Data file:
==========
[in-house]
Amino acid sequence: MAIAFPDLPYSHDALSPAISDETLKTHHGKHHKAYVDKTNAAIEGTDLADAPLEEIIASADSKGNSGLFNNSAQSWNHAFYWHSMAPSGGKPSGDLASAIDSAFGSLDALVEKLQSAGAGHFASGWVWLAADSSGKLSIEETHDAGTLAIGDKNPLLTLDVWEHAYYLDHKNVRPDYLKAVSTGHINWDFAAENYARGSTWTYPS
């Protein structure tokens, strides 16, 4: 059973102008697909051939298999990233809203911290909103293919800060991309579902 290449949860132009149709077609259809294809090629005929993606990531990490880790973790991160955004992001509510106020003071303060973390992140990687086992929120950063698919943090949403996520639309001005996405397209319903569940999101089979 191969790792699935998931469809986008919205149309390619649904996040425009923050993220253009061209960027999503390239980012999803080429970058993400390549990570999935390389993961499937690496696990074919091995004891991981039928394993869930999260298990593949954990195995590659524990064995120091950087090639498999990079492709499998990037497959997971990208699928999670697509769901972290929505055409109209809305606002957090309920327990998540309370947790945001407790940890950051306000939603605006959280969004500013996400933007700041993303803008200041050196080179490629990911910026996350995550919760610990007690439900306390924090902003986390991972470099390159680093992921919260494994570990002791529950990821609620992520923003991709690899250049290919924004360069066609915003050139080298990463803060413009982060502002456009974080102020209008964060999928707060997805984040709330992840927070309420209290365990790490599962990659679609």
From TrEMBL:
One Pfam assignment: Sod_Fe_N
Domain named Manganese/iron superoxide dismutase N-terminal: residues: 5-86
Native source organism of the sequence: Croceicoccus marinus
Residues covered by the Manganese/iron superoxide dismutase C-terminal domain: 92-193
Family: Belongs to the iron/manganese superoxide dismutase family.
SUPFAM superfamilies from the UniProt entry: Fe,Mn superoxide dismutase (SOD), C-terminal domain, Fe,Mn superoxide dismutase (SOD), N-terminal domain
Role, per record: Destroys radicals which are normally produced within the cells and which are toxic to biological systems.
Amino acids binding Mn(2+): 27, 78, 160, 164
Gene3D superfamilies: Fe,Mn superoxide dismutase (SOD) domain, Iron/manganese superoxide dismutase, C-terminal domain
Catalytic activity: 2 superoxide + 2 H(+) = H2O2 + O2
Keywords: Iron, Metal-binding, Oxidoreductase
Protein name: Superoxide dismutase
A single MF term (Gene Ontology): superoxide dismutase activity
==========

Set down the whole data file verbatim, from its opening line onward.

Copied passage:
[in-house]
Amino acid sequence: MAIAFPDLPYSHDALSPAISDETLKTHHGKHHKAYVDKTNAAIEGTDLADAPLEEIIASADSKGNSGLFNNSAQSWNHAFYWHSMAPSGGKPSGDLASAIDSAFGSLDALVEKLQSAGAGHFASGWVWLAADSSGKLSIEETHDAGTLAIGDKNPLLTLDVWEHAYYLDHKNVRPDYLKAVSTGHINWDFAAENYARGSTWTYPS
């Protein structure tokens, strides 16, 4: 059973102008697909051939298999990233809203911290909103293919800060991309579902 290449949860132009149709077609259809294809090629005929993606990531990490880790973790991160955004992001509510106020003071303060973390992140990687086992929120950063698919943090949403996520639309001005996405397209319903569940999101089979 191969790792699935998931469809986008919205149309390619649904996040425009923050993220253009061209960027999503390239980012999803080429970058993400390549990570999935390389993961499937690496696990074919091995004891991981039928394993869930999260298990593949954990195995590659524990064995120091950087090639498999990079492709499998990037497959997971990208699928999670697509769901972290929505055409109209809305606002957090309920327990998540309370947790945001407790940890950051306000939603605006959280969004500013996400933007700041993303803008200041050196080179490629990911910026996350995550919760610990007690439900306390924090902003986390991972470099390159680093992921919260494994570990002791529950990821609620992520923003991709690899250049290919924004360069066609915003050139080298990463803060413009982060502002456009974080102020209008964060999928707060997805984040709330992840927070309420209290365990790490599962990659679609």
From TrEMBL:
One Pfam assignment: Sod_Fe_N
Domain named Manganese/iron superoxide dismutase N-terminal: residues: 5-86
Native source organism of the sequence: Croceicoccus marinus
Residues covered by the Manganese/iron superoxide dismutase C-terminal domain: 92-193
Family: Belongs to the iron/manganese superoxide dismutase family.
SUPFAM superfamilies from the UniProt entry: Fe,Mn superoxide dismutase (SOD), C-terminal domain, Fe,Mn superoxide dismutase (SOD), N-terminal domain
Role, per record: Destroys radicals which are normally produced within the cells and which are toxic to biological systems.
Amino acids binding Mn(2+): 27, 78, 160, 164
Gene3D superfamilies: Fe,Mn superoxide dismutase (SOD) domain, Iron/manganese superoxide dismutase, C-terminal domain
Catalytic activity: 2 superoxide + 2 H(+) = H2O2 + O2
Keywords: Iron, Metal-binding, Oxidoreductase
Protein name: Superoxide dismutase
A single MF term (Gene Ontology): superoxide dismutase activity